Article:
Wednesday, April 7, 2010


One of the things about being a pastor is that you get to, now and again, be with people during important times of their lives. It's the responsibility that one seminary professor described to me as "hatch, match, and dispatch." We baptize the babies. We marry the couples. We say nice things at the funeral. It's what we do.

Over the last seven years of my ministry at my wee kirk, I've lead and participated in several funerals. I've spent time with folks who were suffering from mortal illness. I've prayed at the bedside of the dying. I've done vigil with family. But in all that time, I'd never been with someone at the moment of death. In fact, I'd never seen a human being die. Not that instant, the instant when breath stops, when a heart stops beating, when organic life finally, permanently, ends.

Last night, I scarfed down Chinese food and returned to the beside of a dear old member of my church. I'd known Dick for years. I visited him during his dear wife's decline. I'd been spending more and more time with him, as Dick was basically alone in the world. He couldn't hear, couldn't really see, and had no immediate family. Late last week, Dick took ill. I got word that he'd gone downhill badly, so I'd been out to see him during the day. I prayed for him, read the 23rd Psalm, and read Isaiah, and talked to him about life and church and Spring.

He was right at the point of passing when I arrived last night. Shallow, labored breaths. Changed skin-tone. After chatting with a nurse who had befriended him, I stayed by his bedside. I talked to him about passing. About not fearing it. About the need to let go. About rest and the grace that awaits. I held his hand, which was cool to the touch. I watched him breathe, watched a vein on his neck pulse and pulse and pulse. I said a few more prayers, prayers of preparation and transition. It was very calm, and I felt still and spiritually tranquil.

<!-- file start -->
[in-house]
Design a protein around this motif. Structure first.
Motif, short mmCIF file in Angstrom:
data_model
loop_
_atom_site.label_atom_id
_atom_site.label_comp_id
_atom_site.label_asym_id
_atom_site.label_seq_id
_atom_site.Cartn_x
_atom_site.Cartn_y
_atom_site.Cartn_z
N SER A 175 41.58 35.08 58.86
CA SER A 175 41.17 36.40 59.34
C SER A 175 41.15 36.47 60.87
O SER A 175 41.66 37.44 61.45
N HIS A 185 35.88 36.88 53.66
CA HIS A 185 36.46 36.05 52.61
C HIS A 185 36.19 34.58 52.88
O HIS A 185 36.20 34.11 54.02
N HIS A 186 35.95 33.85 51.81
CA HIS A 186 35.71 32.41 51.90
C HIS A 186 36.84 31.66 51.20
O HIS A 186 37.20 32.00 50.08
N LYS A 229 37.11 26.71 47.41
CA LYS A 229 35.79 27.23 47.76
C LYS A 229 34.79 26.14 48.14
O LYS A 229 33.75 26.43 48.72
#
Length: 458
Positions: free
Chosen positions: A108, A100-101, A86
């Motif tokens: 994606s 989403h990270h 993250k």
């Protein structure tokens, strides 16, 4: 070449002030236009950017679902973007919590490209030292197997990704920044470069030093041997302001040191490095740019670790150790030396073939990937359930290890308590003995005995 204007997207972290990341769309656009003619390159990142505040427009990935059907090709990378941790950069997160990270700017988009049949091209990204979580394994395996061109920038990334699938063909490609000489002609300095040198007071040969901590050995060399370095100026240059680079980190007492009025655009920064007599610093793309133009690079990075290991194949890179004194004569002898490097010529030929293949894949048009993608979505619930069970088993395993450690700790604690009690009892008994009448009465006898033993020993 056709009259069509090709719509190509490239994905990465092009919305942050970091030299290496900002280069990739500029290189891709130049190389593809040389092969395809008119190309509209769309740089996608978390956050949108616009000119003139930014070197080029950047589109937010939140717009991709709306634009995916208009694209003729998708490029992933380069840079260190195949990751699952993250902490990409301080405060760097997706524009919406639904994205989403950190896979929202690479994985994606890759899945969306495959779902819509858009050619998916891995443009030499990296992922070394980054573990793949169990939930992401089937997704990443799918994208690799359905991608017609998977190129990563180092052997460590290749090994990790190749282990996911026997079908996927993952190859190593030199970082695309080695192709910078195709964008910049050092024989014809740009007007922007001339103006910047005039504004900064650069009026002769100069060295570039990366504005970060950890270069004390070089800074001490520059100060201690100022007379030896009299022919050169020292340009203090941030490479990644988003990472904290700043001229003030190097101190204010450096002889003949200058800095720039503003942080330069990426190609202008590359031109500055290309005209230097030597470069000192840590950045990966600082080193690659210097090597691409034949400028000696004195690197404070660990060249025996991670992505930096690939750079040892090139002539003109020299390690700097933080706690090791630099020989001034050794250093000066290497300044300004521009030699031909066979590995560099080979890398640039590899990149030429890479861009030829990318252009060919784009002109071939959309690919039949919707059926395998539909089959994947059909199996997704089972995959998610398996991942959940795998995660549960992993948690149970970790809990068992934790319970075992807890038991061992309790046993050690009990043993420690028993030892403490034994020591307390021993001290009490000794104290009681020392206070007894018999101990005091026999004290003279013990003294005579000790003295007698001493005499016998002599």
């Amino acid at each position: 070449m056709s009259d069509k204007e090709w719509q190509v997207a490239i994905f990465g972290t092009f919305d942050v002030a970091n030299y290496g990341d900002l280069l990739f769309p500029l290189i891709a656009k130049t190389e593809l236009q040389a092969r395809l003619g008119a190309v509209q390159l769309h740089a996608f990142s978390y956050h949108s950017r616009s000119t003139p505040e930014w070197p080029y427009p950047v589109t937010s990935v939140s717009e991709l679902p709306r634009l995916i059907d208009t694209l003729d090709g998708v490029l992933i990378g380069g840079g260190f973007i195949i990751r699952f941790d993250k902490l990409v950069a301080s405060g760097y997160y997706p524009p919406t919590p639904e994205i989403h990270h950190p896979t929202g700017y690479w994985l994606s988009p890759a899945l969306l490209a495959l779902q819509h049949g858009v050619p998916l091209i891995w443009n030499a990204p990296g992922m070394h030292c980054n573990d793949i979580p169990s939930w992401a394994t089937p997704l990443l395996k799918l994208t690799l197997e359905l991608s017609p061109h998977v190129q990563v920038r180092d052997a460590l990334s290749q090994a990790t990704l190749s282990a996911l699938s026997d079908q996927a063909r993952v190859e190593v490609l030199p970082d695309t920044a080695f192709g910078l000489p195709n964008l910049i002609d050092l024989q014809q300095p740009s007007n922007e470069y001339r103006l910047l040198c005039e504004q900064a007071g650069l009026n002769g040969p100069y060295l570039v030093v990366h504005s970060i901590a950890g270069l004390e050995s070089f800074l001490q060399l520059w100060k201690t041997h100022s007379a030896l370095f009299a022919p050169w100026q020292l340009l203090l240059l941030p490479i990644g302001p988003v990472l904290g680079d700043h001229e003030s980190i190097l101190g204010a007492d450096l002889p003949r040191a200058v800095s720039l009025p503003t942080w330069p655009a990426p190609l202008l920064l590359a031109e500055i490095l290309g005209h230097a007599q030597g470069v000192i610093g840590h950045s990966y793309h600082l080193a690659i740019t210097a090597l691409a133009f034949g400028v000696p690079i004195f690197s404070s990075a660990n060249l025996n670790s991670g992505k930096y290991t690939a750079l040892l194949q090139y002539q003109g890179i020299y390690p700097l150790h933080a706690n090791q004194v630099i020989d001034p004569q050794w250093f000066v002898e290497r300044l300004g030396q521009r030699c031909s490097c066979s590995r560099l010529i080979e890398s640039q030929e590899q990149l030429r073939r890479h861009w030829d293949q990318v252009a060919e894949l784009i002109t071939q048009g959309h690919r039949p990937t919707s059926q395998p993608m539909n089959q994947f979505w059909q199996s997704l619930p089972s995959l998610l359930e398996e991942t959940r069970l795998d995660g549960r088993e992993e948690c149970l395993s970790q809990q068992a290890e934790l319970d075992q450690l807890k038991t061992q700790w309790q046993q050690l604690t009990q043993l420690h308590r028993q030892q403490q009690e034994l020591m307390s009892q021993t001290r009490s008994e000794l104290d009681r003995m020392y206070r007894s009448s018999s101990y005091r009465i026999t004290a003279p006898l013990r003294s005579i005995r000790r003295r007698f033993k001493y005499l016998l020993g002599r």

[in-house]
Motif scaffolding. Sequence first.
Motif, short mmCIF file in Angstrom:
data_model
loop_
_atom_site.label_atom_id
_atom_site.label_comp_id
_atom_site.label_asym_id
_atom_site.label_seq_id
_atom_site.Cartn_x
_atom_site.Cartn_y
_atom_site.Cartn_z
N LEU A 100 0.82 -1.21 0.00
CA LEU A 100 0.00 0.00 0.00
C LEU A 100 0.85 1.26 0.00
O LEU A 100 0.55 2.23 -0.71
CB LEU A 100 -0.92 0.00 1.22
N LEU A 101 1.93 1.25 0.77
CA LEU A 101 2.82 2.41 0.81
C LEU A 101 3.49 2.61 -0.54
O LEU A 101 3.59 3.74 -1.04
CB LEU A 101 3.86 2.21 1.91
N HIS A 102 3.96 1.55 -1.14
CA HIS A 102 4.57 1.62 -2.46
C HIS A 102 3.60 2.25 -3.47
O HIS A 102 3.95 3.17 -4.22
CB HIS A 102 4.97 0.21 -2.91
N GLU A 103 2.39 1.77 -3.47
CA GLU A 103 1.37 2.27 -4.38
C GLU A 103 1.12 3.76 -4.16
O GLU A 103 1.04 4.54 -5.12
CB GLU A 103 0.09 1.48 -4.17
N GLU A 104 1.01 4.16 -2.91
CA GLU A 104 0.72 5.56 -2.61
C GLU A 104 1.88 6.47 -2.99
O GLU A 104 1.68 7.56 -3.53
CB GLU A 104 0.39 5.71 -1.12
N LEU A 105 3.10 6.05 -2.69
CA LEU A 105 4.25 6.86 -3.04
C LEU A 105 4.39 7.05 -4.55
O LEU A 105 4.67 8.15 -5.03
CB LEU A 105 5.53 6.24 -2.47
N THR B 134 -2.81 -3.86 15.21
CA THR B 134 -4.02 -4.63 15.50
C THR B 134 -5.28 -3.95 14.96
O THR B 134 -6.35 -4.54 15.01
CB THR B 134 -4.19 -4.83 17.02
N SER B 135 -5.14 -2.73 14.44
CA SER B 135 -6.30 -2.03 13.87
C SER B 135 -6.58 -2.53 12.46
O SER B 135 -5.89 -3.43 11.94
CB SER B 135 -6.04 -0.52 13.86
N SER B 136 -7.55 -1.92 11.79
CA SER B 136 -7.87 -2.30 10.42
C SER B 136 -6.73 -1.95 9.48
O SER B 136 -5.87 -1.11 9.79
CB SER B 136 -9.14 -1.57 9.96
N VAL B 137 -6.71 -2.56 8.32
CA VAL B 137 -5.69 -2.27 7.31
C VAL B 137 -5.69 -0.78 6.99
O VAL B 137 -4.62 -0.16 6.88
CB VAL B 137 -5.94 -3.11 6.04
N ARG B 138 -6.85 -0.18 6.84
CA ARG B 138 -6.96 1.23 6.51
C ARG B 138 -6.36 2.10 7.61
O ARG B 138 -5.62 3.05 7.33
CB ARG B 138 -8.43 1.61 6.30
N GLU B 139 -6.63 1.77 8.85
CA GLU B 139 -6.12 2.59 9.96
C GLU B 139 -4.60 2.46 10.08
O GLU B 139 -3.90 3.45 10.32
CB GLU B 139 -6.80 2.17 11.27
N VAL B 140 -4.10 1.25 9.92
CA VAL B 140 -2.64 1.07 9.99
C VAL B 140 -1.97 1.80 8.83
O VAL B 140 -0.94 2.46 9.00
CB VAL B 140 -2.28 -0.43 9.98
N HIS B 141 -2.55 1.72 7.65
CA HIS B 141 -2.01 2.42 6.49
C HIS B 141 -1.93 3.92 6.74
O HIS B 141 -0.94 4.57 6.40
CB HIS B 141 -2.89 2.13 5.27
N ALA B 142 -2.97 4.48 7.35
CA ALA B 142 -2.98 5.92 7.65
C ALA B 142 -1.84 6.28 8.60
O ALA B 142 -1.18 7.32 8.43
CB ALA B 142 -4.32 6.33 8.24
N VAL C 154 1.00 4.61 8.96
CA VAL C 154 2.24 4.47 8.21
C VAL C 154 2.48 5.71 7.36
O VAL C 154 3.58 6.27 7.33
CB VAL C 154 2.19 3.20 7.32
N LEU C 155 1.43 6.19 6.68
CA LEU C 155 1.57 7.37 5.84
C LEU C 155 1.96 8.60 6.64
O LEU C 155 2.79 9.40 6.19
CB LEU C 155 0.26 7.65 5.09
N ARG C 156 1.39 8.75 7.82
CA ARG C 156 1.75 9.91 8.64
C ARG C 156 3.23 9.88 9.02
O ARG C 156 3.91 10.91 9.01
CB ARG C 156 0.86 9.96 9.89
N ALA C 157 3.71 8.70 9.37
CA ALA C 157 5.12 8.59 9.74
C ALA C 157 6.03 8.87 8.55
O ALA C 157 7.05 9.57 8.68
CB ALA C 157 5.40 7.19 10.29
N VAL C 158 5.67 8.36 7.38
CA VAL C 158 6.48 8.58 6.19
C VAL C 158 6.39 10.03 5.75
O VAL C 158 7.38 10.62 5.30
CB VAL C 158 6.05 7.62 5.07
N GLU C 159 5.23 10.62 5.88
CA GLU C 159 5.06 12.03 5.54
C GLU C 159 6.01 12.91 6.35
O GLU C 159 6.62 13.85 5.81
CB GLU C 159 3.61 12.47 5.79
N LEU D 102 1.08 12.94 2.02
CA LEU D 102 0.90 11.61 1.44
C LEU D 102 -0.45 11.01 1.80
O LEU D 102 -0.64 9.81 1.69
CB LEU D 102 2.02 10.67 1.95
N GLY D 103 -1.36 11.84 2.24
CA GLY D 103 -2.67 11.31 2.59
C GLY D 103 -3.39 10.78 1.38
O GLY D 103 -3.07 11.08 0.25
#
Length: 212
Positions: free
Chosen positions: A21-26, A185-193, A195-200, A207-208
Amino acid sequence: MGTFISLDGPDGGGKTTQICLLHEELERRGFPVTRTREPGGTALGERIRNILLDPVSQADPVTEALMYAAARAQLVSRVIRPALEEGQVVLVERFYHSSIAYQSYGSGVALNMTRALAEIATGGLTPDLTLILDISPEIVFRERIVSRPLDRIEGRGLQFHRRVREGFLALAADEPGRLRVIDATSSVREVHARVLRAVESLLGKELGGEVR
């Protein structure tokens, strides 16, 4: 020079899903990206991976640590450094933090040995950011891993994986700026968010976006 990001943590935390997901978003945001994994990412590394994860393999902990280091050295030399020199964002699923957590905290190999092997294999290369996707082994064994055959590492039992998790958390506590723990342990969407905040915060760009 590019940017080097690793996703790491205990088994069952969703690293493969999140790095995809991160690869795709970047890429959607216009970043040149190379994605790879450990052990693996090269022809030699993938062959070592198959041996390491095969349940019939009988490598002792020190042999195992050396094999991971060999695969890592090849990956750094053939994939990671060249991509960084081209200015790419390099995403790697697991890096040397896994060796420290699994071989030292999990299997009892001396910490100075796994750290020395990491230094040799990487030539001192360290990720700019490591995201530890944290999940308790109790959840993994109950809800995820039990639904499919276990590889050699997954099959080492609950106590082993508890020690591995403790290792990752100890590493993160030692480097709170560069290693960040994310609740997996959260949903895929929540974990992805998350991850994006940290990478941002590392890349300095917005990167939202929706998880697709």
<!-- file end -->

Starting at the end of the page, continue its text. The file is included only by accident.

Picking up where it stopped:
At around 9:10 pm, three things happened. First, his breath hitched, then hitched again. Then once again, and stopped. Then, the throb in his neck slowed, and grew faint, and stilled. But as these two things happened, a third thing accompanied them.

I found it suddenly hard to see him. I didn't feel faint or anxious or upset. It was just that, for a moment, it was as if there was too much light in the room. It was like stepping out into the bright gold of the summer sun, in that moment when your eyes struggle to adjust, only with no discomfort. I blinked and tried to focus my eyes, but it didn't do anything. Then, after a moment, my vision returned to normal. My perception of the light was gone, and so was he.

I stayed with the empty husk for a while, and then mentioned to a nurse that he had passed. I made a call or two, and talked with the staff, and then left them to their work.

I drove home feeling deeply peaceful.